• Maternal educational attainment
  • Participants’ own educational attainment
  1. (Santos et al., 2019)
  2. (Laubach et al., 2019)

Genes affecting neurology: AIFM, FRY(1), and LRRN4(2)

  1. Participants with high exposure to “SES adversity” had more methylation on these genes.
  2. More methylation associated with low prenatal SES and persisted through childhood.
  • 1)
    • Mother’s marital status and education
    • Eligibility for health insurance and food stamps
  • 2)
    • Maternal education, marital status
    • Household income
    • Public assistance eligibility
    • Neighborhood quartiles of income and poverty
Table 1:

Serotonin Transporter Gene: SLC6A4

The serotonin transporter gene, SLC6A4, was looked at by two studies. This gene encodes the transporter of serotonin, which is highly important for regulation of mood. Imbalances in serotonin levels are linked to depression. Both studies found that a low SES was associated with more methylation on CpG sites surrounding this gene. The Swartz et al. (2017) study separated the population by whether they had a family history of depression or not, and found that low SES corresponded to more methylation regardless of family history. For those with and without a family history of depression, lower SES at ages 11-15 predicted more methylation at the SLC6A4 proximal promoter. In the Jones-Mason et al. (2016) study on the SLC6A4 gene, unresolved loss and trauma was used as a separate variable from SES. Of the participants that the study considered to have unresolved loss, those with low SES had higher methylation levels on the SLC6A4 gene than their mid to high SES level counterparts. However, low SES did not seem to affect methylation in those without unresolved loss or trauma. Overall, the studies indicate that unresolved loss or trauma is associated with more methylation, but having a family

Oxytocin Receptor Gene: OXTR

The OXTR gene (the oxycontin receptor gene that is often tied to stress response) was targeted by a study (Gouin et al., 2017) that used child abuse as a factor to compare methylation to, in conjunction with SES. The study noted that experiencing a low SES and neglect during childhood was linked to more anxiety throughout life. Childhood anxiety and OXTR gene associations were only significant on one CpG site in females but not males. This only occurred in participants that were put into the “high early life adversity” grouping.

Stress hormones: AVP

In a 2015 study (Needham et al., 2015), methylation of the stress-associated AVP gene was found to be associated with low SES within childhood and adulthood. However, those who had a significantly higher SES as an adult than when they were children had more similarities with their higher SES counterparts. This implied that upward social mobility may “reverse” changes that occurred in the epigenome during childhood, demonstrating plasticity.

Neurological connections: AIFM1, FRY, and LRRN4

A 2019 study (Santos, Jr., et al., 2019) examined SES-related maternal adversity (evaluated by the mother’s marital status and educational attainment) and showed patterns of methylation in genes associated with neurodevelopment using placenta tissue. Two genes were associated with SES adversity, the AIFM1 gene, in which a lack of function could cause neurodegeneration in humans, and the FRY gene, which contributes to healthy neurological development. The authors did note that placenta tissue is still different from other tissues in the body and that the effects beyond this period of development should be further researched. A different study done in 2019 (Laubach et al., 2019) used umbilical blood at birth and found that unusually lower methylation of the LRRN4 gene was associated with low prenatal SES and the low methylation levels persisted through childhood. The LRRN4 gene is important for long-term memories, and its hypomethylation is linked to schizophrenia.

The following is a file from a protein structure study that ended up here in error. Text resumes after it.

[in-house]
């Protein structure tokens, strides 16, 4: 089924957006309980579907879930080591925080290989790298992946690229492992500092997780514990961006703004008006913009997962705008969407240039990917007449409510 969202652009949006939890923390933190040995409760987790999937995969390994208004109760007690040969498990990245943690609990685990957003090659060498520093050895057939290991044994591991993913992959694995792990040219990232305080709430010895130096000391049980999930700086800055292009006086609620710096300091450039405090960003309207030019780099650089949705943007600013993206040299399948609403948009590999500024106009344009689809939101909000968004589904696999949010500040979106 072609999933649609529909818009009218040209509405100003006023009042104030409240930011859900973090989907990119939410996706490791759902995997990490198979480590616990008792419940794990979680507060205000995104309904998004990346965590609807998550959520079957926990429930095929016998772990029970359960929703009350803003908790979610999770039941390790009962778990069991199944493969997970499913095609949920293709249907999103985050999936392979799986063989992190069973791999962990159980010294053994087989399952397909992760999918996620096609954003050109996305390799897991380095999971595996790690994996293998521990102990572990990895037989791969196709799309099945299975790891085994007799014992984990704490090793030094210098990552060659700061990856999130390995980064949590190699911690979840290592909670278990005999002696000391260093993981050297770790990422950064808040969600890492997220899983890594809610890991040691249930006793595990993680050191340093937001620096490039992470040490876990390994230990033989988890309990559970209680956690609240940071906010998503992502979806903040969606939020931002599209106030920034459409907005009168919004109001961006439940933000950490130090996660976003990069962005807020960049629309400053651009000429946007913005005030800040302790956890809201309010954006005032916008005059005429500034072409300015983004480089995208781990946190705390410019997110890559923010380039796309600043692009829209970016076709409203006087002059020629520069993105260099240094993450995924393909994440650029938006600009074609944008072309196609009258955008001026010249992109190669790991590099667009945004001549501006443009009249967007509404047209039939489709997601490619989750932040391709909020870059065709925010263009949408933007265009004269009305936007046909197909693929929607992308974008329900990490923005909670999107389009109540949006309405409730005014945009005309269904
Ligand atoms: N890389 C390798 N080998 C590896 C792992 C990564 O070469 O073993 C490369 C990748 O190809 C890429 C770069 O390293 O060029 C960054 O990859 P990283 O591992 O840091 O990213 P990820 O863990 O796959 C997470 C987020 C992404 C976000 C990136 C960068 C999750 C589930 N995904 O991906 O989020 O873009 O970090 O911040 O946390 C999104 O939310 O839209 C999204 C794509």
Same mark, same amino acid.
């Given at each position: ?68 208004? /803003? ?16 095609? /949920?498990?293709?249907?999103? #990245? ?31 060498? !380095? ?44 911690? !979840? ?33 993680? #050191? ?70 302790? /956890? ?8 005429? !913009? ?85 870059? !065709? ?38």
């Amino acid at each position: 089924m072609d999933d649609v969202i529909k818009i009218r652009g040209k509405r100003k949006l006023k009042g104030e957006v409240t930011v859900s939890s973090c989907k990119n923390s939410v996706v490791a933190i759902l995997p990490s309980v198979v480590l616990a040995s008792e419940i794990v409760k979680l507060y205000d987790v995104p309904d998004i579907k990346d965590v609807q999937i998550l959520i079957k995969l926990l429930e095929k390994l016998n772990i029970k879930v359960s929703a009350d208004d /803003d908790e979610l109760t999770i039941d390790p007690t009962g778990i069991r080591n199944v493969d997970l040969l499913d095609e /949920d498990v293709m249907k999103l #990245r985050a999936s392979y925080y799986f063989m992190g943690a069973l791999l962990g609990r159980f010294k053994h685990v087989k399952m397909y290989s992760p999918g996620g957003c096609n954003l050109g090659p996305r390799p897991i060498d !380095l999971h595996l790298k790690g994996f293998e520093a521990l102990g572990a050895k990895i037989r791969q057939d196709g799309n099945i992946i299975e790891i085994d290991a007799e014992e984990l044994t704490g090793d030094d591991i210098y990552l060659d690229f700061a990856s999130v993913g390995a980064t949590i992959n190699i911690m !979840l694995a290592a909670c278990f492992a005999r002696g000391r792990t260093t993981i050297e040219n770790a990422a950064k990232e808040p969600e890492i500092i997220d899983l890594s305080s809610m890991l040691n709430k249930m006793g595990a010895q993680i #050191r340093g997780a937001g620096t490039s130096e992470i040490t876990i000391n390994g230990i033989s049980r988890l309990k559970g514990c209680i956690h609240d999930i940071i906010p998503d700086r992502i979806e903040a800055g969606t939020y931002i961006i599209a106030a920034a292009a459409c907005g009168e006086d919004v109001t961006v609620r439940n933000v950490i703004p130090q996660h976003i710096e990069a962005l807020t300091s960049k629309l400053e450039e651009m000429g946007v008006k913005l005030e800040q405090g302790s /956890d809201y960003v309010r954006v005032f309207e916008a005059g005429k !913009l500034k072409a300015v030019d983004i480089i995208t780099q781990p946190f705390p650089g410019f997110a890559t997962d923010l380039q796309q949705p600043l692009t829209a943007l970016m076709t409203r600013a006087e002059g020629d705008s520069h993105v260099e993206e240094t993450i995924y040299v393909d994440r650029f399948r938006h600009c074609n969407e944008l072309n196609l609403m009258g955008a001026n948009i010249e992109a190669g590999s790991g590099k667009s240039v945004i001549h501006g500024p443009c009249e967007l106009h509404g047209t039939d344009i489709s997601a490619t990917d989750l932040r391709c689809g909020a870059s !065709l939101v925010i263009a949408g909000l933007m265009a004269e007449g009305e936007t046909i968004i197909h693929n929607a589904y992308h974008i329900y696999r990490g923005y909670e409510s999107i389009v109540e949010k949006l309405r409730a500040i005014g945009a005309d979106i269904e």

In general, most studies predicted that a low SES would correlate with methylation patterns that disrupt certain genes or biological functions.

...studies predicted that a low SES would correlate with methylation patterns that disrupt certain genes...


Overall, the studies found some correlation between low SES and methylation of different genes. The fluidity of methylation on the AVP gene as participants went from a low SES to a high SES further supports the idea that methylation is linked to SES.

All of the studies used blood or saliva as a source for DNA except for the Santos, Jr. et al. (2019) study which used placental tissue. It was acknowledged that the CpG patterns in the placenta may be difficult to apply to other tissues. Blood cell type proportions (such as the number of natural killer cells and monocytes, which are higher in those with a low SES) and methylation are correlated. It has been argued that the 2017 SLC6A4 promoter study needs to take into account these ratios in order to draw stronger associations with SES (Moore et al., 2020).

The field of epigenomics is still developing and finding its footing in terms of consistency with empirical evidence and taking into account the many different facets of socioeconomic status.